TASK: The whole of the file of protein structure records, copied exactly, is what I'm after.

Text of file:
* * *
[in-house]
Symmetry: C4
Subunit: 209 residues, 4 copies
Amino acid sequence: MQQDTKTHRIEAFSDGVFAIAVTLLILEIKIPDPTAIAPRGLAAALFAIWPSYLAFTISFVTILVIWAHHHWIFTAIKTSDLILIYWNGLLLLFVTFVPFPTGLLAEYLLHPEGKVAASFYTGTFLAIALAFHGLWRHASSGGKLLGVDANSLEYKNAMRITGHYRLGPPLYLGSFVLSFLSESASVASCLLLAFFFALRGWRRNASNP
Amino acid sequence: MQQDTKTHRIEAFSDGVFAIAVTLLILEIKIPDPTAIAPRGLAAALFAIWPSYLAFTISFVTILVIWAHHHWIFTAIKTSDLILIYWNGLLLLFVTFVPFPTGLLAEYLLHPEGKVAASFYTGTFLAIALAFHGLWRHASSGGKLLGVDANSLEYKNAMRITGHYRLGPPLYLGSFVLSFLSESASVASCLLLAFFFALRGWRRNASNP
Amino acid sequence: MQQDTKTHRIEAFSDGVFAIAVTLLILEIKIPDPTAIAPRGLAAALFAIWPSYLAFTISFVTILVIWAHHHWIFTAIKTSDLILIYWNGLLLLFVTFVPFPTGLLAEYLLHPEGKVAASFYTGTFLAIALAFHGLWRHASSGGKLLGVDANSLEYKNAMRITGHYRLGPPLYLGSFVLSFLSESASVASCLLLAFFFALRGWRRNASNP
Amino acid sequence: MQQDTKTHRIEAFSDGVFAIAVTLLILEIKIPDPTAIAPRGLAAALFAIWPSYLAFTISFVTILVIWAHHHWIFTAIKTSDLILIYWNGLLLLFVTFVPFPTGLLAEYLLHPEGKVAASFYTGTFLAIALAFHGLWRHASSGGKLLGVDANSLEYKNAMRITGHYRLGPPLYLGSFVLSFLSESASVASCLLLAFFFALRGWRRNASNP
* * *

[in-house]
Symmetry: C4
Subunit: 209 residues, 4 copies
Amino acid sequence: MQQDTKTHRIEAFSDGVFAIAVTLLILEIKIPDPTAIAPRGLAAALFAIWPSYLAFTISFVTILVIWAHHHWIFTAIKTSDLILIYWNGLLLLFVTFVPFPTGLLAEYLLHPEGKVAASFYTGTFLAIALAFHGLWRHASSGGKLLGVDANSLEYKNAMRITGHYRLGPPLYLGSFVLSFLSESASVASCLLLAFFFALRGWRRNASNP
Amino acid sequence: MQQDTKTHRIEAFSDGVFAIAVTLLILEIKIPDPTAIAPRGLAAALFAIWPSYLAFTISFVTILVIWAHHHWIFTAIKTSDLILIYWNGLLLLFVTFVPFPTGLLAEYLLHPEGKVAASFYTGTFLAIALAFHGLWRHASSGGKLLGVDANSLEYKNAMRITGHYRLGPPLYLGSFVLSFLSESASVASCLLLAFFFALRGWRRNASNP
Amino acid sequence: MQQDTKTHRIEAFSDGVFAIAVTLLILEIKIPDPTAIAPRGLAAALFAIWPSYLAFTISFVTILVIWAHHHWIFTAIKTSDLILIYWNGLLLLFVTFVPFPTGLLAEYLLHPEGKVAASFYTGTFLAIALAFHGLWRHASSGGKLLGVDANSLEYKNAMRITGHYRLGPPLYLGSFVLSFLSESASVASCLLLAFFFALRGWRRNASNP
Amino acid sequence: MQQDTKTHRIEAFSDGVFAIAVTLLILEIKIPDPTAIAPRGLAAALFAIWPSYLAFTISFVTILVIWAHHHWIFTAIKTSDLILIYWNGLLLLFVTFVPFPTGLLAEYLLHPEGKVAASFYTGTFLAIALAFHGLWRHASSGGKLLGVDANSLEYKNAMRITGHYRLGPPLYLGSFVLSFLSESASVASCLLLAFFFALRGWRRNASNP